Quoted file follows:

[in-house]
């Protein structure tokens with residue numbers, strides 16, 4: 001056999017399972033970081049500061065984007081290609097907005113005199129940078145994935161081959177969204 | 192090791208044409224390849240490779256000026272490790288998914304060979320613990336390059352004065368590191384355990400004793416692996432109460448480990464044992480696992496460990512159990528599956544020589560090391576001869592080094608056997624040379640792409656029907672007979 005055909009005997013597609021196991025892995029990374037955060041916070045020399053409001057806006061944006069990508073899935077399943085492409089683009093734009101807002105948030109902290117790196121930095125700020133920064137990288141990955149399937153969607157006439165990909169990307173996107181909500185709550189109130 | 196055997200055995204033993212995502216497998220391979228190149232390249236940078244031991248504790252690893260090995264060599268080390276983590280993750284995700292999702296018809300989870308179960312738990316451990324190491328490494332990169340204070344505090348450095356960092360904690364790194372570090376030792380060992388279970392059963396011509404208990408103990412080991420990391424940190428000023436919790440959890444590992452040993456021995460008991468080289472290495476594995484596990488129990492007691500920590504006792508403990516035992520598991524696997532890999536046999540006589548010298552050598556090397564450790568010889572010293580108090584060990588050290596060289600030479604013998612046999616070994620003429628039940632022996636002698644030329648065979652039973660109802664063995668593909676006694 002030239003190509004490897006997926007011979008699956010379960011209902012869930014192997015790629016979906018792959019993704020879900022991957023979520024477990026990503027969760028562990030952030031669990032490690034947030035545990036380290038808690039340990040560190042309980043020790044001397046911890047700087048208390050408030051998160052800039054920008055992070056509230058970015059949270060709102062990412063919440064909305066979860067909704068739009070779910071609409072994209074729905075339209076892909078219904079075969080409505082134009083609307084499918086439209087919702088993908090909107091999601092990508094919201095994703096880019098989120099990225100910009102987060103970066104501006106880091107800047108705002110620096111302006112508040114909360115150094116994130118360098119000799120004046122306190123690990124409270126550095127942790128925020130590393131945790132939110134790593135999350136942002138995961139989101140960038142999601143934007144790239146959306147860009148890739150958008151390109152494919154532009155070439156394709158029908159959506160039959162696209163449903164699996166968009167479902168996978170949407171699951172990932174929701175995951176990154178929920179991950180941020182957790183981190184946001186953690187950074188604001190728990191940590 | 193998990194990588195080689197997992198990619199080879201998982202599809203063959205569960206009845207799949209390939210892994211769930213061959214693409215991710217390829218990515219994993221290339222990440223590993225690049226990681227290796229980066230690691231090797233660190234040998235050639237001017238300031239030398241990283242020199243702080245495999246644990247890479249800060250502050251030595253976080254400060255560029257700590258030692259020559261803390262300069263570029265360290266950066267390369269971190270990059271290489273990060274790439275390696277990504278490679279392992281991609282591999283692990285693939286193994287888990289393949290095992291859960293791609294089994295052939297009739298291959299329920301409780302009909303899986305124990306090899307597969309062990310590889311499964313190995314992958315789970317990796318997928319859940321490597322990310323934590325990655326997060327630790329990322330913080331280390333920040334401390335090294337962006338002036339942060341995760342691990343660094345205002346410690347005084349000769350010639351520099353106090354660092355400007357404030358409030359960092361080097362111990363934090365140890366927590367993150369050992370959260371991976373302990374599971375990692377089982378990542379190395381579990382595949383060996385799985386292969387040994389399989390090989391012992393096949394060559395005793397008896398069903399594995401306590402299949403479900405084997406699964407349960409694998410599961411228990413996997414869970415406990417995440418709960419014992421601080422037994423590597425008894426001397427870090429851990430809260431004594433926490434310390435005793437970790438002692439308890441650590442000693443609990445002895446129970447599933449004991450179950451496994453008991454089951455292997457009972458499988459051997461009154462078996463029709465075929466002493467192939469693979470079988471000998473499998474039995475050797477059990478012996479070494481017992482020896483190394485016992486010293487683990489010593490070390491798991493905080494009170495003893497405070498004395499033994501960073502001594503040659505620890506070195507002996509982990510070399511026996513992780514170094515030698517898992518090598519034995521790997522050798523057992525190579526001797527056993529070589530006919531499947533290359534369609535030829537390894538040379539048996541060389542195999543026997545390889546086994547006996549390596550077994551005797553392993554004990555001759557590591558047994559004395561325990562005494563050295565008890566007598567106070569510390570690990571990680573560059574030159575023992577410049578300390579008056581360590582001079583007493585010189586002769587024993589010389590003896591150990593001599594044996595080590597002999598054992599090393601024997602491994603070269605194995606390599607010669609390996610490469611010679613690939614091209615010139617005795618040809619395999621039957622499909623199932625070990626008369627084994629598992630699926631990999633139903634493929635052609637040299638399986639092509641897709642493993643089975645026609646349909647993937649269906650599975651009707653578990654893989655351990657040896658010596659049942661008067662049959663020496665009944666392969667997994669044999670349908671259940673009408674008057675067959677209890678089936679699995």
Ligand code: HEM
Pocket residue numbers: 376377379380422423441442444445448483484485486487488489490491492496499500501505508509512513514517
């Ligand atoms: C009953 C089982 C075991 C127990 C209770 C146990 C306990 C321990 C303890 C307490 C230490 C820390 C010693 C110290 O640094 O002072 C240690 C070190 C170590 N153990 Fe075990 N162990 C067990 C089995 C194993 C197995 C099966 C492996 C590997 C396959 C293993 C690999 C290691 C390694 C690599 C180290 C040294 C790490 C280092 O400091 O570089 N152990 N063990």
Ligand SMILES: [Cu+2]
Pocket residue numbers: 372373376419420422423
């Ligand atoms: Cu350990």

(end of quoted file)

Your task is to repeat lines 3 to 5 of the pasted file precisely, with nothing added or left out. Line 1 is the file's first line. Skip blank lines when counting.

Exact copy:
Ligand code: HEM
Pocket residue numbers: 376377379380422423441442444445448483484485486487488489490491492496499500501505508509512513514517
């Ligand atoms: C009953 C089982 C075991 C127990 C209770 C146990 C306990 C321990 C303890 C307490 C230490 C820390 C010693 C110290 O640094 O002072 C240690 C070190 C170590 N153990 Fe075990 N162990 C067990 C089995 C194993 C197995 C099966 C492996 C590997 C396959 C293993 C690999 C290691 C390694 C690599 C180290 C040294 C790490 C280092 O400091 O570089 N152990 N063990």